What you need to know
- Apple is purportedly working on an electric vehicle.
- The company has filed for a new patent that relates to charging such a vehicle.
- It details a modular charging system that could increase home charging speeds.
Apple has today filed for a patent relating to charging electric vehicles, another sure sign that the company is working on its very own Apple Car.
The patent, published today and discovered by iMore, was filed by Apple in March and is titled 'Modular Charging Systems for Vehicles.'
The abstract states:
This is specifically regarding the on-board charger that is included in electric vehicles, required to reduce how much charging infrastructure is required outside the car. By having a good OBC, some vehicles can accept AC power directly from the power grid. Speedier direct-current charging is only available at specialized charging stations at select locations.
The patent says the technology in play "may be used to provide a premium home charging experience for an electric vehicle" and could reduce charging times by including an "on-board alternating current to direct current converter" and an AC to DC converter of an external charger that can be installed in the home. The patent also allows a high-capacity battery in the external charger which can provide even faster charging when it has been "previously charged using efficient means", such as a solar cell. It continues:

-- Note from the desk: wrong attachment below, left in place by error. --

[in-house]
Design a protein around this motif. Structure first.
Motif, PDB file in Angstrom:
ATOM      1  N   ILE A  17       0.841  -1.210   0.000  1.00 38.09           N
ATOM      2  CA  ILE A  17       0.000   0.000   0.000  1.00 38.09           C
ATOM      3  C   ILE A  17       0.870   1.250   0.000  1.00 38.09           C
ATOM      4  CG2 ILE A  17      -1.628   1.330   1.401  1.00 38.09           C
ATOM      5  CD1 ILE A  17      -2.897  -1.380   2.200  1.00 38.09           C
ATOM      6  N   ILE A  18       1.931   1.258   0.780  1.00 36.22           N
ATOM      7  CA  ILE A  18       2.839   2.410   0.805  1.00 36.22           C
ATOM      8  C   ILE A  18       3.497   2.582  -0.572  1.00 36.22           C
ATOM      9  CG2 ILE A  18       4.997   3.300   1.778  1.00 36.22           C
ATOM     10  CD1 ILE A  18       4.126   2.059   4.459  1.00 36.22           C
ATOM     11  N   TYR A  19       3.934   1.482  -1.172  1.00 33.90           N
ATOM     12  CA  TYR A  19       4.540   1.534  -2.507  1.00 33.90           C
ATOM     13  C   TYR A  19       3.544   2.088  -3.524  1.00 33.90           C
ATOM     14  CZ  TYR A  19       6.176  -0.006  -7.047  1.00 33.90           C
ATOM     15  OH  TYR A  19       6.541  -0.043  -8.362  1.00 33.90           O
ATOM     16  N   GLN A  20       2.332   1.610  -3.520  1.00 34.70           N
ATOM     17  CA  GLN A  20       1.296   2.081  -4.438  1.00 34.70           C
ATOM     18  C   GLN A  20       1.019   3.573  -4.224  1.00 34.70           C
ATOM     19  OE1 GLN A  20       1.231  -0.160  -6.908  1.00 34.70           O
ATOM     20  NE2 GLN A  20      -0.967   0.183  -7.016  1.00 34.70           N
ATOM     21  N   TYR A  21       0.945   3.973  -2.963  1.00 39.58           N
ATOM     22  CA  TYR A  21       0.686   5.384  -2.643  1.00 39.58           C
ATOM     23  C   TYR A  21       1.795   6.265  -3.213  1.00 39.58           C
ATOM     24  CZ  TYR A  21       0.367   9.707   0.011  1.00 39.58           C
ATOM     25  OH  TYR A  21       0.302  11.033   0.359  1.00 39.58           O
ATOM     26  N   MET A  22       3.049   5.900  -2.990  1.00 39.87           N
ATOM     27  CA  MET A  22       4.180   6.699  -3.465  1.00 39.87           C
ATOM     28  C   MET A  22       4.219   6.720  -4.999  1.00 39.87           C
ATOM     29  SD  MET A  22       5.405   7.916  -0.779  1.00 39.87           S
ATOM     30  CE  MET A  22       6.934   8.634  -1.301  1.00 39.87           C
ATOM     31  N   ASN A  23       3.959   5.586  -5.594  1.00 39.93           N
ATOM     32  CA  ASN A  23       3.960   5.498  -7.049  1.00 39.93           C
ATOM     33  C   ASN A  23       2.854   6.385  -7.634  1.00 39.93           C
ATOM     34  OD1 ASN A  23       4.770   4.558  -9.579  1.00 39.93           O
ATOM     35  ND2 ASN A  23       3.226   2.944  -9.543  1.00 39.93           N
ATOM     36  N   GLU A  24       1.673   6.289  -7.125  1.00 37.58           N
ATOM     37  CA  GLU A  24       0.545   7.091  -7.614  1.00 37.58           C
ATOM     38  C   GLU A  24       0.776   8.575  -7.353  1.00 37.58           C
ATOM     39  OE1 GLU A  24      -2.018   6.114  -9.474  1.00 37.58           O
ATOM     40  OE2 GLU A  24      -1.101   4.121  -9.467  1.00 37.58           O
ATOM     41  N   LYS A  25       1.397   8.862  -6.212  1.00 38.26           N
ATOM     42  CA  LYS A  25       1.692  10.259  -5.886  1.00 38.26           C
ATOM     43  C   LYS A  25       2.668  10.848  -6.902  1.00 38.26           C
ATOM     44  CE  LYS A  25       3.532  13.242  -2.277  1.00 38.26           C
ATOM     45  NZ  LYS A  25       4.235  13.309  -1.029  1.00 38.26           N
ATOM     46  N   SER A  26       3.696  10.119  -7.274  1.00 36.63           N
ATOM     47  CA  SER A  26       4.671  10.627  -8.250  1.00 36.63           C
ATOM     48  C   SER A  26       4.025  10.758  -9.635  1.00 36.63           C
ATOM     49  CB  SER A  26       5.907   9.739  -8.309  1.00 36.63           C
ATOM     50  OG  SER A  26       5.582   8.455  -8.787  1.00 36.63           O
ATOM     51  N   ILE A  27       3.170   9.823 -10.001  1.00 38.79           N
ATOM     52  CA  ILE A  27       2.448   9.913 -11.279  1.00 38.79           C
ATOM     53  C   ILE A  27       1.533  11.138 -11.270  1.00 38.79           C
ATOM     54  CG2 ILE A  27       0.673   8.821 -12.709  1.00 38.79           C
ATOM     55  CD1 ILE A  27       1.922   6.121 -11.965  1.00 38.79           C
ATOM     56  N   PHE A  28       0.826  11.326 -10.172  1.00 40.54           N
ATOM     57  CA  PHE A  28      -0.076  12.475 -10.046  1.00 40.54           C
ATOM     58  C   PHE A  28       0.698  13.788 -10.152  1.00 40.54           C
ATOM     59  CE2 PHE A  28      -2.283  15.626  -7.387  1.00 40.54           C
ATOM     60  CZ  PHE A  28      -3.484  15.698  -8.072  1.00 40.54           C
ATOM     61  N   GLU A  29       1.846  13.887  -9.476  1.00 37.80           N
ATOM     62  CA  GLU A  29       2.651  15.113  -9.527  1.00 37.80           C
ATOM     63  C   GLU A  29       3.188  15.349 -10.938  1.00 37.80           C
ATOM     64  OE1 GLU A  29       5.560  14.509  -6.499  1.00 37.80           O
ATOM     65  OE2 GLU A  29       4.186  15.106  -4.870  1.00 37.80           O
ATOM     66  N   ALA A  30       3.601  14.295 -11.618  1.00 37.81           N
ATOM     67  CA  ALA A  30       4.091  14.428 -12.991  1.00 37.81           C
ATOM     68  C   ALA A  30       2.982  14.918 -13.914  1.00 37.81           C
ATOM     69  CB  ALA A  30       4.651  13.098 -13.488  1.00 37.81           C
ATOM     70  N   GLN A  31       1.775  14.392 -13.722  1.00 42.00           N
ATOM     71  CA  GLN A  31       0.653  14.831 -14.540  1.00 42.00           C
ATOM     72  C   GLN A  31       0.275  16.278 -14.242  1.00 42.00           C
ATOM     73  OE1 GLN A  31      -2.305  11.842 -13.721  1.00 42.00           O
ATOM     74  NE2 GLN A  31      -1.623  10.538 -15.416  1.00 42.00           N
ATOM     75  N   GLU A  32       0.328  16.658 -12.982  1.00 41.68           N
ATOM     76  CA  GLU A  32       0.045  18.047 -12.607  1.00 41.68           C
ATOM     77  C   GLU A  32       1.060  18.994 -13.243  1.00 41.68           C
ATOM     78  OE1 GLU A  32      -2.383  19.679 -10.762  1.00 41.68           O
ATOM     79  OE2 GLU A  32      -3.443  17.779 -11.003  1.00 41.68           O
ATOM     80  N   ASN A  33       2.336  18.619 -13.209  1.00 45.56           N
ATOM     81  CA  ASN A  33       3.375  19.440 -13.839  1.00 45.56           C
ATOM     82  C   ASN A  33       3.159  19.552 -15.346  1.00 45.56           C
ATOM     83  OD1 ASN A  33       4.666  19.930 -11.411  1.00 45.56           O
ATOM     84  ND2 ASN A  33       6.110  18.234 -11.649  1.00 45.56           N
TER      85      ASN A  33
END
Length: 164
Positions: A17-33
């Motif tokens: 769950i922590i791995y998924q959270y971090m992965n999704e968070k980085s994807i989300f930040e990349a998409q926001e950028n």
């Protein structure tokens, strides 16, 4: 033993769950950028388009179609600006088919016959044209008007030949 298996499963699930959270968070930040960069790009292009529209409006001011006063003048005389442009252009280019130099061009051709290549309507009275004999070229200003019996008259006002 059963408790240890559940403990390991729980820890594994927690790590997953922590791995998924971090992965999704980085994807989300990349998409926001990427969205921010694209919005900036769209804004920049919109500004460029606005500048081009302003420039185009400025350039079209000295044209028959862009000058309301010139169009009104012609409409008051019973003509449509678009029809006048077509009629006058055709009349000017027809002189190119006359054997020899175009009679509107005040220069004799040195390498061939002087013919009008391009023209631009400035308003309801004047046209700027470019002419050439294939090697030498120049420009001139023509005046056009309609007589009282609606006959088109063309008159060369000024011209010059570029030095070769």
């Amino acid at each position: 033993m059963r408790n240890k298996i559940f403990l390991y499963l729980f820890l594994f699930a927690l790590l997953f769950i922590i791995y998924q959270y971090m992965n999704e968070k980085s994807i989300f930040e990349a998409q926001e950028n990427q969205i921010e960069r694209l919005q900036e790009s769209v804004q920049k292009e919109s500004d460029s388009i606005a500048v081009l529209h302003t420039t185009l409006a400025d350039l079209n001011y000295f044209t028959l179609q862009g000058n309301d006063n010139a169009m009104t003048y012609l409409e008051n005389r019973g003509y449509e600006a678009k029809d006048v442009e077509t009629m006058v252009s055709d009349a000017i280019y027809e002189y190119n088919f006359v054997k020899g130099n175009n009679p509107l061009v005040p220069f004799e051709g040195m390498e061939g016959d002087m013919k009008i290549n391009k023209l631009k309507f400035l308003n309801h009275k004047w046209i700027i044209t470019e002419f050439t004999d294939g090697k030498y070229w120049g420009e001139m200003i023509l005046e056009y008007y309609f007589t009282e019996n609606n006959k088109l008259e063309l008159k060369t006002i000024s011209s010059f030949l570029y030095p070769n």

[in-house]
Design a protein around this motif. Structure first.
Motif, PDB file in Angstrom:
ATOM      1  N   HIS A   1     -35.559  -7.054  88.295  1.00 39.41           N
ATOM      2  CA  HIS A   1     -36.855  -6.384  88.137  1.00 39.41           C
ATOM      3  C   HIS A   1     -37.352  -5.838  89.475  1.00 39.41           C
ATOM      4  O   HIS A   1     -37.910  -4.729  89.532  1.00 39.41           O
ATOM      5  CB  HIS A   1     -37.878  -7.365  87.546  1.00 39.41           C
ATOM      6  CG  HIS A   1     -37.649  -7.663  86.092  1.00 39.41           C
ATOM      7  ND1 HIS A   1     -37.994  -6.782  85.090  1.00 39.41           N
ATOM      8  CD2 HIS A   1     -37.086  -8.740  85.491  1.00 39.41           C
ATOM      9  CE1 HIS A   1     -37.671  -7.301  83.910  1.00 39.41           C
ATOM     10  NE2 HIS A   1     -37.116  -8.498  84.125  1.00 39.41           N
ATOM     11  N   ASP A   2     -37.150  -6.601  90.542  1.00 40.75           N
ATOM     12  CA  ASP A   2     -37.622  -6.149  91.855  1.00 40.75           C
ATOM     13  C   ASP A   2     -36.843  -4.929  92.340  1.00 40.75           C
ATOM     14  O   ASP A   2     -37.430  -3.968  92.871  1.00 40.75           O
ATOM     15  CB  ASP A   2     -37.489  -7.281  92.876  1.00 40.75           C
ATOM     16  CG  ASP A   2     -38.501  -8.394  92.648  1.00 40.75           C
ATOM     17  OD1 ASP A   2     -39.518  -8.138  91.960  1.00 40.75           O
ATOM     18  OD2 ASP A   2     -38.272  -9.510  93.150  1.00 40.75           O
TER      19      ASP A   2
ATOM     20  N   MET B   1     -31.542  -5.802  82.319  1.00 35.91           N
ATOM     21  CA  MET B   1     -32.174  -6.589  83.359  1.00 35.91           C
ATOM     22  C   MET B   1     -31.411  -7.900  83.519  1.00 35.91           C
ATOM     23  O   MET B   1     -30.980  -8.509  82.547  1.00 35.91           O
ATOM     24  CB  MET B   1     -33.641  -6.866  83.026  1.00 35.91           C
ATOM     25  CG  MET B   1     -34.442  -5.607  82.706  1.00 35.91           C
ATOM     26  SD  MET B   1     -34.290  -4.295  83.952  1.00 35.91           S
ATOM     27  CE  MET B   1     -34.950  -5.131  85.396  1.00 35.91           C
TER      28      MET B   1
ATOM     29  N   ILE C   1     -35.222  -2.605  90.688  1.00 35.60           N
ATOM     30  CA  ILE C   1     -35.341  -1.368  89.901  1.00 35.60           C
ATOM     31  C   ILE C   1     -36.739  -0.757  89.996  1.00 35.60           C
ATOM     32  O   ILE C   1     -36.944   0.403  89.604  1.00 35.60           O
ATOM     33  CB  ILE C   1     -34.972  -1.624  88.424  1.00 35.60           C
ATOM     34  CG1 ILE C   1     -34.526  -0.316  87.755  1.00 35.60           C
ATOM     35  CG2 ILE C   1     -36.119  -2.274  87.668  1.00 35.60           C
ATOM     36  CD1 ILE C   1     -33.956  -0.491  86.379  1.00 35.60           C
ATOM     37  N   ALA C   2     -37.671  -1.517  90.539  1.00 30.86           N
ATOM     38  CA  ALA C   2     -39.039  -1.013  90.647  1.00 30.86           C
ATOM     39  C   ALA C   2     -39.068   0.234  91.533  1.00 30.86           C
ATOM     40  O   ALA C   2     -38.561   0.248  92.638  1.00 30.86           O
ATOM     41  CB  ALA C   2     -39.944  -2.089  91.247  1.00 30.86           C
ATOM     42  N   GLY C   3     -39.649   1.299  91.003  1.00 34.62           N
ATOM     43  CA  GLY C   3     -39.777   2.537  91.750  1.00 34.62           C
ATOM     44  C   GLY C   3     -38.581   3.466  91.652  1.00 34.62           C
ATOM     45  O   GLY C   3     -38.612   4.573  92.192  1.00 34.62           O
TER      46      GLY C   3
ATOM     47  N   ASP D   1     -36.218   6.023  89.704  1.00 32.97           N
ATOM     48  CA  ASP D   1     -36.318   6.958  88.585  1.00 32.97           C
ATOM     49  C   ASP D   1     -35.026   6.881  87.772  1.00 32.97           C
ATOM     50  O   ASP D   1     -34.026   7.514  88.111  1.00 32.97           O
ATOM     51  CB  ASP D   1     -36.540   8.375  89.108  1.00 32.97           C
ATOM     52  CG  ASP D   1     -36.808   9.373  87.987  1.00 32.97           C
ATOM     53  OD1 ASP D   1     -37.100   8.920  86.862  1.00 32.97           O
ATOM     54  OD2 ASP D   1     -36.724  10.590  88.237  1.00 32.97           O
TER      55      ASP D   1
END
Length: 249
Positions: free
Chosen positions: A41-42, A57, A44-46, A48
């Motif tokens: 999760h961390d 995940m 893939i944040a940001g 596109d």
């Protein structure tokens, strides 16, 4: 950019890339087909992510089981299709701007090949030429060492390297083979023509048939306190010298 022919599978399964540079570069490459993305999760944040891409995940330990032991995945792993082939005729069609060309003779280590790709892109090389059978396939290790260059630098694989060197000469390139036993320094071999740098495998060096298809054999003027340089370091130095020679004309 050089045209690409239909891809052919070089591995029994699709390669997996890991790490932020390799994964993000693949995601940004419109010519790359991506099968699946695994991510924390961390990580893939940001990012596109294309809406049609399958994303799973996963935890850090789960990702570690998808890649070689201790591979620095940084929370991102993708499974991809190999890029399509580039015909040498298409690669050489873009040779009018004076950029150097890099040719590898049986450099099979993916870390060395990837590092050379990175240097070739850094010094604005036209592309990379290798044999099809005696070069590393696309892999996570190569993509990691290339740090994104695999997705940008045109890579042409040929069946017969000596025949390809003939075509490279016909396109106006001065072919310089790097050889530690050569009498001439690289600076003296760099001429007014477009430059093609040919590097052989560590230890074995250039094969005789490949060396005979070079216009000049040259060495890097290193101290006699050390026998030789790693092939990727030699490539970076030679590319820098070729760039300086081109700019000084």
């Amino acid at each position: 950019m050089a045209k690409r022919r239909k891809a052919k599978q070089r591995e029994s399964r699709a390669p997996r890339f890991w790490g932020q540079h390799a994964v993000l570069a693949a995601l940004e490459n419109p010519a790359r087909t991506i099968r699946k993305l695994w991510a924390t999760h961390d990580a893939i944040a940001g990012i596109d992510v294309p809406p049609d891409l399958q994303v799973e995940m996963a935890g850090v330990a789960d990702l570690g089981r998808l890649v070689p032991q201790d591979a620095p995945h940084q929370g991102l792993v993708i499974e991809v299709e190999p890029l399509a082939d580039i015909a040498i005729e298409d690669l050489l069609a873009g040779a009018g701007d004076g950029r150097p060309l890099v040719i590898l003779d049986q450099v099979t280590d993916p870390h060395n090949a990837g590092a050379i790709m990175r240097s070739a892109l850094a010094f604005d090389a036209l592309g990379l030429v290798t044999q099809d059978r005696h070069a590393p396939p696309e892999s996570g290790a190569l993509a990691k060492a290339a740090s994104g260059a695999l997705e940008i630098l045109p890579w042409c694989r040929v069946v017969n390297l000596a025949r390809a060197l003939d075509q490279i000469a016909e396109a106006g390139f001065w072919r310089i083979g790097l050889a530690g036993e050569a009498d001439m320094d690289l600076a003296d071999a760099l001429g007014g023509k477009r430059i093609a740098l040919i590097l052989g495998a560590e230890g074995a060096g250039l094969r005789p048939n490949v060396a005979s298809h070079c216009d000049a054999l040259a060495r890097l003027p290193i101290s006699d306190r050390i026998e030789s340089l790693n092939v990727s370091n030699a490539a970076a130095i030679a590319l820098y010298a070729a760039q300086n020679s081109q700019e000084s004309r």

You can read the full and incredibly dense patent here. The patent, only filed this year, has not yet been granted to Apple.
It's no secret that Apple continues to work on an Apple Car of some description, with leaks and rumors pointing to a target release date of 2025. In the meantime, the closest thing we have to Apple Car is a major new CarPlay update that was teased at WWDC 2022 for Apple's future best iPhones.
Stephen Warwick has written about Apple for five years at iMore and previously elsewhere. He covers all of iMore's latest breaking news regarding all of Apple's products and services, both hardware and software. Stephen has interviewed industry experts in a range of fields including finance, litigation, security, and more. He also specializes in curating and reviewing audio hardware and has experience beyond journalism in sound engineering, production, and design.
Before becoming a writer Stephen studied Ancient History at University and also worked at Apple for more than two years. Stephen is also a host on the iMore show, a weekly podcast recorded live that discusses the latest in breaking Apple news, as well as featuring fun trivia about all things Apple.
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